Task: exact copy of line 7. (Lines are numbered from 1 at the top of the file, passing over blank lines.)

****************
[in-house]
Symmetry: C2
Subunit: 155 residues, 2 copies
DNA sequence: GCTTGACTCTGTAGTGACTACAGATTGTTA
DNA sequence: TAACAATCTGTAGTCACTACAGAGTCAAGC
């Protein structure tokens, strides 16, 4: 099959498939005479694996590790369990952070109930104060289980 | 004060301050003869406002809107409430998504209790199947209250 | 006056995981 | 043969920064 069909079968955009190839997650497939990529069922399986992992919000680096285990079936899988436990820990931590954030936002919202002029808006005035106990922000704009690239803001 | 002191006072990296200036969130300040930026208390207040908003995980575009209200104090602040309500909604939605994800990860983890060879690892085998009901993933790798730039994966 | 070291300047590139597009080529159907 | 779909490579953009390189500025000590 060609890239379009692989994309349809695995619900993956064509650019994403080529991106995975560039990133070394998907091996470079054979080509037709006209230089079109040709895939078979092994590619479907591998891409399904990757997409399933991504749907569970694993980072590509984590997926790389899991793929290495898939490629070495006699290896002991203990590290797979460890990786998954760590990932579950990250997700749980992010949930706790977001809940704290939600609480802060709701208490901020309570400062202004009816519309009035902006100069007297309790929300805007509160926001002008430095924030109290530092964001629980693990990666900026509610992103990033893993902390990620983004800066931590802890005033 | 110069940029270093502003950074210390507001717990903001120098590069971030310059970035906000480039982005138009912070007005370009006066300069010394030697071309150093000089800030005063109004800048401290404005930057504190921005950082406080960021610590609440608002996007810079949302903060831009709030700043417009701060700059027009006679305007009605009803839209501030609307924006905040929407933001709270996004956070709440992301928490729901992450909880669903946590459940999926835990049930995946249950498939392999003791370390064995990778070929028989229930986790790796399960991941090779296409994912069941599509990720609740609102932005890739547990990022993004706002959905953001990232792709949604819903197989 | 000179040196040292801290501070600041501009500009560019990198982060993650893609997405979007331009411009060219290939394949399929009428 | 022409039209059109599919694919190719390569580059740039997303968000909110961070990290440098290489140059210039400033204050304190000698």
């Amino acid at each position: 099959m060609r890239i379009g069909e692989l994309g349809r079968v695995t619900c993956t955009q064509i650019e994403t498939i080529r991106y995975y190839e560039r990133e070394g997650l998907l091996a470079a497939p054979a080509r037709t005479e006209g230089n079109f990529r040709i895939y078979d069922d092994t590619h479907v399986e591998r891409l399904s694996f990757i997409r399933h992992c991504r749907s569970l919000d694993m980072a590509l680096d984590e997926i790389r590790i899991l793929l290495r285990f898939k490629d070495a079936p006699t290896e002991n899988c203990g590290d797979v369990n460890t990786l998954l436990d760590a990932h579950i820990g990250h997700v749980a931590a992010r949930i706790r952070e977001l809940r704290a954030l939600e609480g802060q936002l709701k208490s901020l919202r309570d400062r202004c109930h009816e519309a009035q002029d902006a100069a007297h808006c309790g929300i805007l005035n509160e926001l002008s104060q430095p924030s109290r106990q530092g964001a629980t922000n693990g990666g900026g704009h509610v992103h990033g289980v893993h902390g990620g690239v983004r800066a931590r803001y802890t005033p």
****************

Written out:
């Amino acid at each position: 099959m060609r890239i379009g069909e692989l994309g349809r079968v695995t619900c993956t955009q064509i650019e994403t498939i080529r991106y995975y190839e560039r990133e070394g997650l998907l091996a470079a497939p054979a080509r037709t005479e006209g230089n079109f990529r040709i895939y078979d069922d092994t590619h479907v399986e591998r891409l399904s694996f990757i997409r399933h992992c991504r749907s569970l919000d694993m980072a590509l680096d984590e997926i790389r590790i899991l793929l290495r285990f898939k490629d070495a079936p006699t290896e002991n899988c203990g590290d797979v369990n460890t990786l998954l436990d760590a990932h579950i820990g990250h997700v749980a931590a992010r949930i706790r952070e977001l809940r704290a954030l939600e609480g802060q936002l709701k208490s901020l919202r309570d400062r202004c109930h009816e519309a009035q002029d902006a100069a007297h808006c309790g929300i805007l005035n509160e926001l002008s104060q430095p924030s109290r106990q530092g964001a629980t922000n693990g990666g900026g704009h509610v992103h990033g289980v893993h902390g990620g690239v983004r800066a931590r803001y802890t005033p």